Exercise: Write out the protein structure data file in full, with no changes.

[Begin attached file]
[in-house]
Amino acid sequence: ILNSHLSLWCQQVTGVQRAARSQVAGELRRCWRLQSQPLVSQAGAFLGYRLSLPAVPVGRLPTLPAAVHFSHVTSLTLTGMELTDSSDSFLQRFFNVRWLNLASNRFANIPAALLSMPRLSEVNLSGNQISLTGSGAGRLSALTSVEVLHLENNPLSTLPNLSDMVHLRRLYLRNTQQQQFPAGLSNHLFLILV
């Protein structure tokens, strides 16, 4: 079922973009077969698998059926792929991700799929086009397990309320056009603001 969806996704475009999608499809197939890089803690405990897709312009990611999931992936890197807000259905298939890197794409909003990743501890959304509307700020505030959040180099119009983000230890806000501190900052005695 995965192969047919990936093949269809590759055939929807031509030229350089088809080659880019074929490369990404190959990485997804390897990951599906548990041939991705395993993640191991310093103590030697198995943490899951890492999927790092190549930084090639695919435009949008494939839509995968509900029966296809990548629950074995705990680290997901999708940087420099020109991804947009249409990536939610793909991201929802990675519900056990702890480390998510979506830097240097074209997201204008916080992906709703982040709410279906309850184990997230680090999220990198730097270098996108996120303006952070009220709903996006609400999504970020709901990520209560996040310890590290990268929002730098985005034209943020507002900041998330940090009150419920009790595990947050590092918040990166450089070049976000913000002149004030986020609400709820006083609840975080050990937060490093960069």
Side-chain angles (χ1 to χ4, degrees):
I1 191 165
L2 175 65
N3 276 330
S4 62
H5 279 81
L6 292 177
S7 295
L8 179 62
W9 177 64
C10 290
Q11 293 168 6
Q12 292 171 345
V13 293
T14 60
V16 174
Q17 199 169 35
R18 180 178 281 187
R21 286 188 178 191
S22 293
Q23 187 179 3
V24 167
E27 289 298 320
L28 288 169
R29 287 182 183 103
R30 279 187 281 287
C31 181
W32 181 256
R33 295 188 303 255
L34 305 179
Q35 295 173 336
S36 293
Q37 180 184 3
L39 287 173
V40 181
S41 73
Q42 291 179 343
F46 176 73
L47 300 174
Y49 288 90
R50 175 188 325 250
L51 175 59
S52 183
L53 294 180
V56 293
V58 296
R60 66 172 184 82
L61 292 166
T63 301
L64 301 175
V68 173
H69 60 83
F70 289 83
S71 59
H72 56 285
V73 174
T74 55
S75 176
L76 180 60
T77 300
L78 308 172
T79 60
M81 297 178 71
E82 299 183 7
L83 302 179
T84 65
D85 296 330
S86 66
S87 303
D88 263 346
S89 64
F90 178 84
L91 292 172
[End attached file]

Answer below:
[in-house]
Amino acid sequence: ILNSHLSLWCQQVTGVQRAARSQVAGELRRCWRLQSQPLVSQAGAFLGYRLSLPAVPVGRLPTLPAAVHFSHVTSLTLTGMELTDSSDSFLQRFFNVRWLNLASNRFANIPAALLSMPRLSEVNLSGNQISLTGSGAGRLSALTSVEVLHLENNPLSTLPNLSDMVHLRRLYLRNTQQQQFPAGLSNHLFLILV
């Protein structure tokens, strides 16, 4: 079922973009077969698998059926792929991700799929086009397990309320056009603001 969806996704475009999608499809197939890089803690405990897709312009990611999931992936890197807000259905298939890197794409909003990743501890959304509307700020505030959040180099119009983000230890806000501190900052005695 995965192969047919990936093949269809590759055939929807031509030229350089088809080659880019074929490369990404190959990485997804390897990951599906548990041939991705395993993640191991310093103590030697198995943490899951890492999927790092190549930084090639695919435009949008494939839509995968509900029966296809990548629950074995705990680290997901999708940087420099020109991804947009249409990536939610793909991201929802990675519900056990702890480390998510979506830097240097074209997201204008916080992906709703982040709410279906309850184990997230680090999220990198730097270098996108996120303006952070009220709903996006609400999504970020709901990520209560996040310890590290990268929002730098985005034209943020507002900041998330940090009150419920009790595990947050590092918040990166450089070049976000913000002149004030986020609400709820006083609840975080050990937060490093960069």
Side-chain angles (χ1 to χ4, degrees):
I1 191 165
L2 175 65
N3 276 330
S4 62
H5 279 81
L6 292 177
S7 295
L8 179 62
W9 177 64
C10 290
Q11 293 168 6
Q12 292 171 345
V13 293
T14 60
V16 174
Q17 199 169 35
R18 180 178 281 187
R21 286 188 178 191
S22 293
Q23 187 179 3
V24 167
E27 289 298 320
L28 288 169
R29 287 182 183 103
R30 279 187 281 287
C31 181
W32 181 256
R33 295 188 303 255
L34 305 179
Q35 295 173 336
S36 293
Q37 180 184 3
L39 287 173
V40 181
S41 73
Q42 291 179 343
F46 176 73
L47 300 174
Y49 288 90
R50 175 188 325 250
L51 175 59
S52 183
L53 294 180
V56 293
V58 296
R60 66 172 184 82
L61 292 166
T63 301
L64 301 175
V68 173
H69 60 83
F70 289 83
S71 59
H72 56 285
V73 174
T74 55
S75 176
L76 180 60
T77 300
L78 308 172
T79 60
M81 297 178 71
E82 299 183 7
L83 302 179
T84 65
D85 296 330
S86 66
S87 303
D88 263 346
S89 64
F90 178 84
L91 292 172